One year ago this week, I came to Dublin for the last time as a visitor. I’d landed my new job in August 2019, and as we knew we would be moving to Ireland for said role when all our paperwork was sorted out, so this trip was a combination of local work meetings and advance neighbourhood reconnaissance. The planets aligned in an even more fortuitous way: the Bram Stoker Festival and a meeting of The Ladies Craft Beer Society of Ireland were both scheduled during my brief stay. In retrospect, this very quick trip was fated to be much more impactful than I could have possibly imagined.
My previous work trips to Dublin during my tenure as an Amazonian had been much more circumscribed; I never had the time to explore beyond the city centre, and my last one was especially odd, as my then-boss insisted on constant togetherness, even over the weekend – I still have no idea whether she was aiming to keep tabs on me, or if she was just uncomfortable being on her own, so I had little chance to do my own exploration (though I had no idea at the time that I’d one day live here). This visit, then, was my first chance to really look around properly, get into some local events, and, I hoped, meet some casual acquaintances who could help give us advice as we prepared to move.
As luck would have it, the events I was going to for the Bram Stoker Festival (you know, hanging out with my Good Friends Mark Gatiss, Steven Moffatt and Sue Vertue) were mostly north of the river, so I spent a good deal of time walking around Northside neighbourhoods that seemed like possible good fits for our family – something that would become a point of contention months later with several of our more peculiar relocation consultants, who insisted that ‘the likes of us’ could not possibly live in, say, Stoneybatter. (Nearly a year later, I’m still not entirely sure what she was trying to convey with that line of thinking, but I digress). I ended up at L. Mulligan Grocer, where I discovered Trouble Brewing (lads, I was first on the Ambush – then, later, the Dark Arts) and Rascals Brewing (Social Hops 2019 – see, Untappd is useful for this sort of exercise!). I also had some absolutely amazing food, and enjoyed one of the warmest welcomes I’ve ever had in a pub.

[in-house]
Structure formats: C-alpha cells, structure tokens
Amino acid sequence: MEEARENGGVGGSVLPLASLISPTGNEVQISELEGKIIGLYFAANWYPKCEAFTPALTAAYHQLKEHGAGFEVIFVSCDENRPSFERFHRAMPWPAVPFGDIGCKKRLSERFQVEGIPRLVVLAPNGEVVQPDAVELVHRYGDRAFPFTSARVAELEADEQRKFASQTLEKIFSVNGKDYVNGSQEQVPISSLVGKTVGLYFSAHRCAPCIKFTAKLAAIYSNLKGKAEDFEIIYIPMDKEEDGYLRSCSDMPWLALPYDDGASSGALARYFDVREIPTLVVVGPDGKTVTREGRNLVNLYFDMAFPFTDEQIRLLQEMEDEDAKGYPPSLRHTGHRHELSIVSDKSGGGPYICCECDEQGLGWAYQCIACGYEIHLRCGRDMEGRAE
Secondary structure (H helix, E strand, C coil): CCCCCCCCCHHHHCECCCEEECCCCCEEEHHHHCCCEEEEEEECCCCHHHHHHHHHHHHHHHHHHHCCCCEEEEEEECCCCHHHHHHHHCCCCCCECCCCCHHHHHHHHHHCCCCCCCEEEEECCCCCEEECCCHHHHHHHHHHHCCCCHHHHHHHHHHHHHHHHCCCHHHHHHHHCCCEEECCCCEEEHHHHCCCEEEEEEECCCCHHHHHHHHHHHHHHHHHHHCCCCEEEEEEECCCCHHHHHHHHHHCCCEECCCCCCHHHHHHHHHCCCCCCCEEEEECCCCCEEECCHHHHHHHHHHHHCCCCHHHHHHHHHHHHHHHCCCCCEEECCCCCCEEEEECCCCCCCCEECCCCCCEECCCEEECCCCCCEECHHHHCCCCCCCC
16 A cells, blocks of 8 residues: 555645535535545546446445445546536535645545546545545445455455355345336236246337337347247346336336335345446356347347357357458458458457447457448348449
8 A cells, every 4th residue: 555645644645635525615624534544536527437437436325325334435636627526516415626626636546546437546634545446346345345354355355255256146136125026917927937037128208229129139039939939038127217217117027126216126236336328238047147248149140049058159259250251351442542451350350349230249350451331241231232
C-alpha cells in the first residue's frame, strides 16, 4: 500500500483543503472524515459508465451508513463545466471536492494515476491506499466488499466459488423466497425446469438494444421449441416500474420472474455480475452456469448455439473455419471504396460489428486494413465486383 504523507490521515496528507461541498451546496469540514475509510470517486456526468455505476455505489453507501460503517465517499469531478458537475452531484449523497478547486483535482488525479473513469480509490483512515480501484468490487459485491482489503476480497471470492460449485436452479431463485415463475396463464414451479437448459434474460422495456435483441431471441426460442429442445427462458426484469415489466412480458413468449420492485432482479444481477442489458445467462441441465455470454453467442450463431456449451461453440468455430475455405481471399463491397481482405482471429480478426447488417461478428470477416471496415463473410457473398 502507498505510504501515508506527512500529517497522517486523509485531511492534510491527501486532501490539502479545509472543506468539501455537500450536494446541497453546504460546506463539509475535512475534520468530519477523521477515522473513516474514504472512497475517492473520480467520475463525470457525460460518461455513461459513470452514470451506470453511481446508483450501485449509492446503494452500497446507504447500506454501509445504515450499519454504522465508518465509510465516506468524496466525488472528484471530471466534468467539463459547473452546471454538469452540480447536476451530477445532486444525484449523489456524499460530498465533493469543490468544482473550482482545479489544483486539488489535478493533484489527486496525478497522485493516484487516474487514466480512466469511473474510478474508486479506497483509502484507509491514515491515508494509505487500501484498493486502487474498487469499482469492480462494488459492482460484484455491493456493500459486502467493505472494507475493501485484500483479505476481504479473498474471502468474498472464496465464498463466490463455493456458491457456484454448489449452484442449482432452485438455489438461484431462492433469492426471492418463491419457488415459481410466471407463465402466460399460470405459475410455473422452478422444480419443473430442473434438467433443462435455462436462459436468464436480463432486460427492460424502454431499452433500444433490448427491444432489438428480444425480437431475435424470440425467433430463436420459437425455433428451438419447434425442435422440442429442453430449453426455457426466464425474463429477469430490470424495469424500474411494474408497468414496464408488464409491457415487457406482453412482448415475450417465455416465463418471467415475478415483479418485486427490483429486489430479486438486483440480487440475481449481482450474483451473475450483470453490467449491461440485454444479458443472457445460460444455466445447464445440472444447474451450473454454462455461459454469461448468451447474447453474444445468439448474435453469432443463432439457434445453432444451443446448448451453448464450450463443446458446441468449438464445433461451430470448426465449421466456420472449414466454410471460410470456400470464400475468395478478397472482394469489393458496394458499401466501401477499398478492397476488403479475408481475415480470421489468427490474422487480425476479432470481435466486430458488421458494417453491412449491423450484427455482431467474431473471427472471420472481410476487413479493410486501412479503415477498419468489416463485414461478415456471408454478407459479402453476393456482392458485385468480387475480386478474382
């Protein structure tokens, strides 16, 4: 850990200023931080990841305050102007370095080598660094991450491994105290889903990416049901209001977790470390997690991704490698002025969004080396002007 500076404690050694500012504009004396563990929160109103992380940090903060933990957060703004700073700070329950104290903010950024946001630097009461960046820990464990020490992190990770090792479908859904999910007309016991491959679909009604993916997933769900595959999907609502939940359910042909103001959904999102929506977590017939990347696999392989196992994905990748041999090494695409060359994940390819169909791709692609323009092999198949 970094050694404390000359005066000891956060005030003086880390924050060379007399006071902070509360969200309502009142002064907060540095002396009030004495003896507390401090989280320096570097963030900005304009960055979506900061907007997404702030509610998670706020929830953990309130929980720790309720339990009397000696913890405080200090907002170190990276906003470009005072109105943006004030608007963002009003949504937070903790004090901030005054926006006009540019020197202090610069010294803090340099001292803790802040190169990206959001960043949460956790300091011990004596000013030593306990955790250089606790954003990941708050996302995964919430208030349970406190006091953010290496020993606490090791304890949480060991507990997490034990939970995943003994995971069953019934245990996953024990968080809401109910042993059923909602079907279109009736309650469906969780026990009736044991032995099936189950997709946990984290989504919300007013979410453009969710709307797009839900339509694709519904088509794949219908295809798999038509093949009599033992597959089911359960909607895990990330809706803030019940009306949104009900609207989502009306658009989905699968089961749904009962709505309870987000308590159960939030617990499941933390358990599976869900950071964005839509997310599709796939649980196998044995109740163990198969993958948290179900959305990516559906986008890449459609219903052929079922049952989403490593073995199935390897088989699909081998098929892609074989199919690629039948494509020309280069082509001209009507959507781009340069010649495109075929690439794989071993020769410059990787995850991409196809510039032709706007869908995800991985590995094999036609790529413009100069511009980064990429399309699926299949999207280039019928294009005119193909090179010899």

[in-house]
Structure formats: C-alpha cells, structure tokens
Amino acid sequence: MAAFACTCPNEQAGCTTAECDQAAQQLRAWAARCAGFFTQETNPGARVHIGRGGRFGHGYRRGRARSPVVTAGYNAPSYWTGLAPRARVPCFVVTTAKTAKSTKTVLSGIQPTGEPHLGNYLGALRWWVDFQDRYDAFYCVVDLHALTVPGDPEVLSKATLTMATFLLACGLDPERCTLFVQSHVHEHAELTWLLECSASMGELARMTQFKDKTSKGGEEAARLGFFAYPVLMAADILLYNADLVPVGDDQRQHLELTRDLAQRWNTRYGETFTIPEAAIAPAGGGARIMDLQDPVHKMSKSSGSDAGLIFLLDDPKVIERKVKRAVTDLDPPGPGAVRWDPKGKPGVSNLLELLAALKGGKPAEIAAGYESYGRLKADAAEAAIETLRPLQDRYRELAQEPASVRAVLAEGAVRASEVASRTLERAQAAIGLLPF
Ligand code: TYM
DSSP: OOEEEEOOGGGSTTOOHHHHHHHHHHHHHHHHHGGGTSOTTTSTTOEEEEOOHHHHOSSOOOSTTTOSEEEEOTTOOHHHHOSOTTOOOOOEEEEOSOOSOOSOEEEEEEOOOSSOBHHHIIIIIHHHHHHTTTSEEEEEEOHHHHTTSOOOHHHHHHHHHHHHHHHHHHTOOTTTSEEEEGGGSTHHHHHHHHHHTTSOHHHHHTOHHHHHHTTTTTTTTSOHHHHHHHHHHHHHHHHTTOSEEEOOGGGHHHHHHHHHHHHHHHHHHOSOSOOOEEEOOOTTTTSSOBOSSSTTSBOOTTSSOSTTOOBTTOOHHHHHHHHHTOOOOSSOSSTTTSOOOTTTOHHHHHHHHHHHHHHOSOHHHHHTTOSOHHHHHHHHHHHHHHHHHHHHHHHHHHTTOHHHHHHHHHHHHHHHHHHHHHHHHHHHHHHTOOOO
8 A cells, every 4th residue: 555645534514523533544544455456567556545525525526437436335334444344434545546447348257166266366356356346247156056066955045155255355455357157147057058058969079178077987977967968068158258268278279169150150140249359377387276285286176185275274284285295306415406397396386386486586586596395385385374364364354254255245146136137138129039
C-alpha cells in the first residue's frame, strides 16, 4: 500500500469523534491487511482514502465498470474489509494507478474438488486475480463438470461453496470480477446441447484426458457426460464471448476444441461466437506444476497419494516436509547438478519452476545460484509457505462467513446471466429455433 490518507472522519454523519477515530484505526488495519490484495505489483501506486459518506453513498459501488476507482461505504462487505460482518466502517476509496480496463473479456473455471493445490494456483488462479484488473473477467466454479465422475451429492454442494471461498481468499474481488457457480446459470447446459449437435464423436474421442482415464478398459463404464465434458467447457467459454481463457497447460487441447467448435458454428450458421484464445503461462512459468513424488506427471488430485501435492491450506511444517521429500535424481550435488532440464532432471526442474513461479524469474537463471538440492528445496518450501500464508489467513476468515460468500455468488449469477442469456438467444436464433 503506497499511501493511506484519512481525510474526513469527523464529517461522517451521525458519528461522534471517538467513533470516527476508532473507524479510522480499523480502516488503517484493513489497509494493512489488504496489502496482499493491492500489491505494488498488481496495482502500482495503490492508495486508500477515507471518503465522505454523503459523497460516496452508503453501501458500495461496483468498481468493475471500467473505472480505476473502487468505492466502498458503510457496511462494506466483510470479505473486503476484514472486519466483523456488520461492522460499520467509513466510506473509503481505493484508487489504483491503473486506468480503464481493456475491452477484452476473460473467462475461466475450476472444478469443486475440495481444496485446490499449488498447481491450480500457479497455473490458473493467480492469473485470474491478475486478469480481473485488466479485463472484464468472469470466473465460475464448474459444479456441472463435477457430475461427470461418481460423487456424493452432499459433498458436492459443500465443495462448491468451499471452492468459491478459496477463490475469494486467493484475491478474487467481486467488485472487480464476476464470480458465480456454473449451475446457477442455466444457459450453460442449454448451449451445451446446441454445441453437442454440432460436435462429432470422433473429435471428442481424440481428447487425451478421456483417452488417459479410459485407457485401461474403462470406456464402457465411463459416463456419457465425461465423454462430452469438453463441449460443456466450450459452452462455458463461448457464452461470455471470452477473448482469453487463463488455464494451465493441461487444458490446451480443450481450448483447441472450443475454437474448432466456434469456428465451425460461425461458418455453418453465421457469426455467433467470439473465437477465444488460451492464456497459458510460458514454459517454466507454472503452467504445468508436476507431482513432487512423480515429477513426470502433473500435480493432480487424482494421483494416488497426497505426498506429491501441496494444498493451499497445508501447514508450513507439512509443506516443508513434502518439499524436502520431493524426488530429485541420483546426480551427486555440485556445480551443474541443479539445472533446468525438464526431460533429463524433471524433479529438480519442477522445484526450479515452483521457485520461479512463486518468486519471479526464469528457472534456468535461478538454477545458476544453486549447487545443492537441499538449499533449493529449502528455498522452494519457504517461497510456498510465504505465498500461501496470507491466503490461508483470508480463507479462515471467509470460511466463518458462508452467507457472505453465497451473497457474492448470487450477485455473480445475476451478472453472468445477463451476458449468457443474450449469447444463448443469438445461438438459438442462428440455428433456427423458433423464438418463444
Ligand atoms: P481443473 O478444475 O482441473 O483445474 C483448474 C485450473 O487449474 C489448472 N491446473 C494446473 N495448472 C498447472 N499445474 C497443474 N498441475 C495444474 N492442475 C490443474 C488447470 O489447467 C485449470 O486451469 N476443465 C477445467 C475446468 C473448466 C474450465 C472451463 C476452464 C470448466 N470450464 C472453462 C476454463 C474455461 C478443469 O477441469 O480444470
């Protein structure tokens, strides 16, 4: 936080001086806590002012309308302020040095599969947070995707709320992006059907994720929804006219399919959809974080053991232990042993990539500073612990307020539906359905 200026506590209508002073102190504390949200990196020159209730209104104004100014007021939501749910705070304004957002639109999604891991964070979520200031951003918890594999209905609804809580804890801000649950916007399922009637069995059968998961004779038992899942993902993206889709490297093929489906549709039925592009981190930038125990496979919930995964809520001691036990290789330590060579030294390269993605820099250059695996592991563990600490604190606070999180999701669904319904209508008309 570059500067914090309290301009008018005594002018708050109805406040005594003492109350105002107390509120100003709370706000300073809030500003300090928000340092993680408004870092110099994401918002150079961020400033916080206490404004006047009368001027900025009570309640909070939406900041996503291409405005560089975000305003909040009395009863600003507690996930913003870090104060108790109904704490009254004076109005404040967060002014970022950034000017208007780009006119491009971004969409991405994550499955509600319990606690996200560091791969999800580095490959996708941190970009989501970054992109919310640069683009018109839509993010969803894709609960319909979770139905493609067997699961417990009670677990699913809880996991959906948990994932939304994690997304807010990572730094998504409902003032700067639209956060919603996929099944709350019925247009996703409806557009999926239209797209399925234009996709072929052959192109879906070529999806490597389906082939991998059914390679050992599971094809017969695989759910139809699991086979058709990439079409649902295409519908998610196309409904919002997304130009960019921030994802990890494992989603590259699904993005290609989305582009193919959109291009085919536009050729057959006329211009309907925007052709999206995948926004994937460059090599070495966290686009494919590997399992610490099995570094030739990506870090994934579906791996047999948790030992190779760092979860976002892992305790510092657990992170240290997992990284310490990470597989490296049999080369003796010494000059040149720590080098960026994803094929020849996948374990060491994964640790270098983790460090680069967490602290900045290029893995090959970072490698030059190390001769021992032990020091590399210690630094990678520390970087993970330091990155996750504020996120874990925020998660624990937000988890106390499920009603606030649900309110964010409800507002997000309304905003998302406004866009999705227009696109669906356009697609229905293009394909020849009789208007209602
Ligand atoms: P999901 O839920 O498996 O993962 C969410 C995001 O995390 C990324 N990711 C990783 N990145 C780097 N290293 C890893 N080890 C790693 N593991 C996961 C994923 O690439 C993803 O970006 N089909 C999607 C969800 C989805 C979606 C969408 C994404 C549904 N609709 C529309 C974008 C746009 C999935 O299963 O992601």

And when I met up with the amazing, fierce, opinionated and thoughtful Beer Ladies (or ‘my Beer Ladies,’ as my smaller kid now describes them), I knew I’d found My People – thought I had no idea how quickly after our arrival that would be cemented. Also on that night at Piper’s Corner, I discovered Kinnegar and Four Provinces – both breweries that have become go-tos for us. Fast forward a few months, and by the time all the work permit/relocation administrivia was complete, it was late January. Our arrival week also coincided with a beer-y meetup, so although I was a bit jet-lagged (and, frankly, exhausted from taking no meaningful break from work to move countries), I prioritised meeting up with my new friends – another stroke of good luck, since the next scheduled meeting coincided with the start of Lockdown One in Ireland.
The pandemic and the move to virtual socialising have, in many ways, sped up the ‘getting to know you’ process – who knew that shared trauma would be such a great way to make close friends? What would have been monthly-ish meetings became much more frequent Zoom calls and Discord chats. We have helped each other grapple with career and relationship insanity in ways that would not have been nearly as intense under ‘normal circumstances’ – and we’re better for it. We’ve even launched a podcast. (Like! Subscribe!) L. Mulligan’s virtual whiskey tastings have also become a regular occasion on our household calendar – even if we cannot get there in person at the moment, we’re happy to be able to support them in some way. I doubt I would have sampled this many local breweries by this point if we were simply going to pubs normally – but being forced to discover fantastic businesses stocking excellent local beers has been another side benefit of this odd time.
And that accelerated process of getting acquainted applies to Dublin as a whole, too – while museums and shops may be closed (again) for Lockdown Two, our 5K walks have let us do real exploring, and our house hunting has led us back north of the river…while our current Southside rental is in a convenient location, it’s not really ‘us,’ and we’re working to buy a house in an area our relocation agent would be horrified by – hopefully, that will be a good way to kick off 2021. Funnily enough, it’s in one of the areas I explored during that trip one year ago – so it may turn out to have been something of a prophetic trip in multiple ways.
It’s wild to think I’ve only had the chance to properly get to know this city and the fantastic friends I’ve been lucky enough to make here in such a relatively short space of time – not to mention how lucky we’ve been to avoid the absolute disaster(s) continuing to unfold in our home country – but I certainly look forward to the time we can get together in person, in a pub, without a second thought.
I knew before we moved that I’d be discovering Dublin through local beer to some extent, but I could not have predicted how crucial it would come to be in helping to form friendships and in directing us as far as where to put down long-term roots.
And now, I’m off to choose some good Halloween beers…without leaving the house.